• Sound, to answer your question. No thanks to the red dot sights. On anything. Thirty round magazine? Eh. One of my rifles takes 35 rd mags. I don’t like them, but I have to live with them. The best mags I ever owned were the 25 rd for the HK 93 I had at the time. That said I don’t feel a bit undergunned with my 8 rd M-1. If the stupid son-of-a-bitches will line up I might get two or three with one shot. Conservation of ammo don’tcha know. On to 17 rd 9mm. Again, no thanks. If I were unlucky enough to have to carry a 9mm it would be my P7M8. As in 8 rd mag. No shotgun for me unless I find myself in a remake of The Birds. 100 rds for each? That’s barely enough to recharge three of those rifle mags. 9mm. How many pistol fights do you you’ll survive? John Wick is a fictional character. 00 Buck doesn’t have enough pellets for a good bird load.
      Now for the Les Baer. They say form follows function. Just occasionally it can be art as well. In case anyone has forgotten, I’ve carried a 1911 socially since 1982. Never drew it from the holster and thought, “I really wish I had more, and smaller, bullets.”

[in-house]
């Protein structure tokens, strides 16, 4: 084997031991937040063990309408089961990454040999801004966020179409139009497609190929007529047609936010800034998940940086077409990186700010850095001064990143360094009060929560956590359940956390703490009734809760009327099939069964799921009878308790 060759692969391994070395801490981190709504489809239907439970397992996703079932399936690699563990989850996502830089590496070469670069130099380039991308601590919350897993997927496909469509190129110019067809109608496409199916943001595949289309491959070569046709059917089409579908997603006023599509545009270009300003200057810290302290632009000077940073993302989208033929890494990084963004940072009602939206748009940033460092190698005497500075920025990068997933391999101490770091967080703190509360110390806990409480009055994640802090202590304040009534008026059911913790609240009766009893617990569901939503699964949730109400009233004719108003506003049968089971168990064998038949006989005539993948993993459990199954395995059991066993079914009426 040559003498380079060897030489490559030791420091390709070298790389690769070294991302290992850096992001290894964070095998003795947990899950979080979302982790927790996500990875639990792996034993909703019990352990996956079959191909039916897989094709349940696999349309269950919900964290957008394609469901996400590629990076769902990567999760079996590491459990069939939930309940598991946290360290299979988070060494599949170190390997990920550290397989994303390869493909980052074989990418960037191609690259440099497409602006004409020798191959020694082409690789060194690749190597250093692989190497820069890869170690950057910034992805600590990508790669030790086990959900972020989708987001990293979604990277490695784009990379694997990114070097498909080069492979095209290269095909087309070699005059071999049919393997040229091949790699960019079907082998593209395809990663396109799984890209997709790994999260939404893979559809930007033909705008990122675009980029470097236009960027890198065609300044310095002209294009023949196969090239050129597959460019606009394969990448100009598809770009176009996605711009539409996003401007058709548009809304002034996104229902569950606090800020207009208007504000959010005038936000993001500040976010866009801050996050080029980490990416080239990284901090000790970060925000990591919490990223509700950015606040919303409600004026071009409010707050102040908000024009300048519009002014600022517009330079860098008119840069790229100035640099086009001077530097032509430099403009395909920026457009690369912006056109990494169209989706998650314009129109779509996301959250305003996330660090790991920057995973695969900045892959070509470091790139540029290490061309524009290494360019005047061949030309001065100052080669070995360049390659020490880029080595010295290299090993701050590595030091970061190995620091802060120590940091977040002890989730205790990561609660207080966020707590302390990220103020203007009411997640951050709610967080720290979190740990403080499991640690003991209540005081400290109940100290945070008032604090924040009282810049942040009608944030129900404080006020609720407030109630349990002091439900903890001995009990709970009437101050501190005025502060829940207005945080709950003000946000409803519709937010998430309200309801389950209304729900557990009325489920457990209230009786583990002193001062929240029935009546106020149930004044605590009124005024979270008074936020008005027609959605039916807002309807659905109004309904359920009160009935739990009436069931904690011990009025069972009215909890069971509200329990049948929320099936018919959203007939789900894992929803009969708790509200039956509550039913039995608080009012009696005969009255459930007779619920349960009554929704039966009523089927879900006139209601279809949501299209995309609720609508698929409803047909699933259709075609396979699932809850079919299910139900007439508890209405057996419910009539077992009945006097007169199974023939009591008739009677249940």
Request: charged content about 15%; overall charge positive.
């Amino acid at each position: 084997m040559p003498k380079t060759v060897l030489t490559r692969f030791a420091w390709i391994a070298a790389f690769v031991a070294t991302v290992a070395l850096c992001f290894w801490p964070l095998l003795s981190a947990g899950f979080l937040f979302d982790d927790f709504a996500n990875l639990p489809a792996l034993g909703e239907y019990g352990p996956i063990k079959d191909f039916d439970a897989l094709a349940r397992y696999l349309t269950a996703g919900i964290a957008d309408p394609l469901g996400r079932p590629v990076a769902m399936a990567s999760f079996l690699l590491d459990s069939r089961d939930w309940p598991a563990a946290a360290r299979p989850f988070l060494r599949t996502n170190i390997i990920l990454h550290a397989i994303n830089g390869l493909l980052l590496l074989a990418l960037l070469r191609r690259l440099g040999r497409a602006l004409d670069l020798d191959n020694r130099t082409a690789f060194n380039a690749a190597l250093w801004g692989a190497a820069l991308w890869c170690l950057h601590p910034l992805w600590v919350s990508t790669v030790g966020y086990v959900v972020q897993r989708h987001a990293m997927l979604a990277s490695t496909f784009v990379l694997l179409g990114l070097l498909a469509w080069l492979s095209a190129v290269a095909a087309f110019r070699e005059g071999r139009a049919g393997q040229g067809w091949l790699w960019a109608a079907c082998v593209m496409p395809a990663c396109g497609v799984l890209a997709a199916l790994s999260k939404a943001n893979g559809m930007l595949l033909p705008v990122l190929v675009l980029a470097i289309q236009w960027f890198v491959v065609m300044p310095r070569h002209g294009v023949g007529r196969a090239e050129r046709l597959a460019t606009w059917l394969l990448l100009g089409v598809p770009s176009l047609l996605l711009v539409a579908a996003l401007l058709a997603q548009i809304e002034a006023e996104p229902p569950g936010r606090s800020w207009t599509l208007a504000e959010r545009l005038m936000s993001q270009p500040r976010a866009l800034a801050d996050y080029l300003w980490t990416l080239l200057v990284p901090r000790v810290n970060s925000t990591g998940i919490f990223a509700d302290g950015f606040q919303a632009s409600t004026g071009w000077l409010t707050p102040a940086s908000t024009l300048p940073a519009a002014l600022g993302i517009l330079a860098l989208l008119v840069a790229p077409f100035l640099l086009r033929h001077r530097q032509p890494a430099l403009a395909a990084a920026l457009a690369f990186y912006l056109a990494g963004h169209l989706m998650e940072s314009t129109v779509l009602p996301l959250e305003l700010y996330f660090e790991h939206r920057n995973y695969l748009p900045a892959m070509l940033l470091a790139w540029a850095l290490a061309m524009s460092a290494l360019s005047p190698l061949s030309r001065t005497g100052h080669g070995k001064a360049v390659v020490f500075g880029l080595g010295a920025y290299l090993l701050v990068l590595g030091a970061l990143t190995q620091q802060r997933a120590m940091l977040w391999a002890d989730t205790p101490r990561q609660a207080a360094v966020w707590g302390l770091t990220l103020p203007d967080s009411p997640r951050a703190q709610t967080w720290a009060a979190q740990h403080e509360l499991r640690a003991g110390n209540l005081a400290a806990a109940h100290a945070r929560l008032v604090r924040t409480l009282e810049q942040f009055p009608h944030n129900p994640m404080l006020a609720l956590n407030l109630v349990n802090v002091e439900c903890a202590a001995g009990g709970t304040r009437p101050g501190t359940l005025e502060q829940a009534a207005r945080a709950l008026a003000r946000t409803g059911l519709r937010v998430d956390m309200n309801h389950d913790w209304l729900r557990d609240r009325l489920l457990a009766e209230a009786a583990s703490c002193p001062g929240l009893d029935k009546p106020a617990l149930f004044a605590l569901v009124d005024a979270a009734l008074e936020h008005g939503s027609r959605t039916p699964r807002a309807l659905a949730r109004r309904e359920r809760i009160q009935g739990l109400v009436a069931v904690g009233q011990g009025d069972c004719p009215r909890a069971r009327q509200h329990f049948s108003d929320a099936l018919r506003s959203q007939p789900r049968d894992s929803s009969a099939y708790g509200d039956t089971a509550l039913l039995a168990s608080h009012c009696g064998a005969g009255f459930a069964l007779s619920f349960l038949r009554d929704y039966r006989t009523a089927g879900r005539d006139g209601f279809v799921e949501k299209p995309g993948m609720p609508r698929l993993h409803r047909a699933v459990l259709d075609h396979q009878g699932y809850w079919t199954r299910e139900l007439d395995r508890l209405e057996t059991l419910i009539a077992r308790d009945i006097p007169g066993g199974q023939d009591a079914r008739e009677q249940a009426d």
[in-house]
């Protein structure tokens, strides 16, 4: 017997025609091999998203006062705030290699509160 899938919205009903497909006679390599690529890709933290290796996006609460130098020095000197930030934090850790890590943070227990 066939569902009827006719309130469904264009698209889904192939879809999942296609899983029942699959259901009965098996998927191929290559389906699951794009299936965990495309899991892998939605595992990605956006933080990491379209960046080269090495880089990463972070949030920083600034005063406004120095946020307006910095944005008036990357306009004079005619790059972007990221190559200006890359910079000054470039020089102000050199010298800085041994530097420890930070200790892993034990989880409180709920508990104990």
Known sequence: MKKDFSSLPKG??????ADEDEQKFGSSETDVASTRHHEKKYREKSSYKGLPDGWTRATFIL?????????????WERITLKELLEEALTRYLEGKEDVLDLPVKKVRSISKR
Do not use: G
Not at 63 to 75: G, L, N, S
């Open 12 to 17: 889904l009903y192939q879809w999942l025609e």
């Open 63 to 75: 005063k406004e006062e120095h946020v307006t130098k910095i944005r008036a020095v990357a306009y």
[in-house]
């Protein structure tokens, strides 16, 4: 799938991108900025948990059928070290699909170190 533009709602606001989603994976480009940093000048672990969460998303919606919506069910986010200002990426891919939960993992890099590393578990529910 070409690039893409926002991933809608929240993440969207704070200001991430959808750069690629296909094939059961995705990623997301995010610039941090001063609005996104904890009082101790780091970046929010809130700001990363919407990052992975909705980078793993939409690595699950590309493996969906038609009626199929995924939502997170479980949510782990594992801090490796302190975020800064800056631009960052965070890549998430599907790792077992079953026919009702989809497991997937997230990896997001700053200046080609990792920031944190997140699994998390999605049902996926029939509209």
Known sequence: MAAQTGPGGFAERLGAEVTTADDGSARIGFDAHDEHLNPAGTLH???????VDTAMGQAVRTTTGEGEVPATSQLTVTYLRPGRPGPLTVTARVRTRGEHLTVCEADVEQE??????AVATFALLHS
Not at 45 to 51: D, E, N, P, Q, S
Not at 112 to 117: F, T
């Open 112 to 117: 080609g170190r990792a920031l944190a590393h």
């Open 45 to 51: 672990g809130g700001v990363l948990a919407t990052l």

• When we switched from the 1911 to the Beretta M9 folks raved that it held 16 rounds of 9 as opposed to 8 of 45. An old Chief Gunners Mate asked rhetorically, “why would I want this if I just have to shoot everyone twice?”

        “With the 45 I can kill eight people.” He wasn’t joking. My edc is still .45 to this day.

      • Everything thing I’ve ever shot and wanted to kill with a 9mm took two shots. Fer instance, this Chihuahua broke it’s leash and ,,,,,,,,,,,,

        • possum:
          Don’t let my daughter hear about you shooting at chihuahuas! She’s liable to take a pot shot at a possum. Besides, I didn’t know that possums could operate handguns. (Snicker.)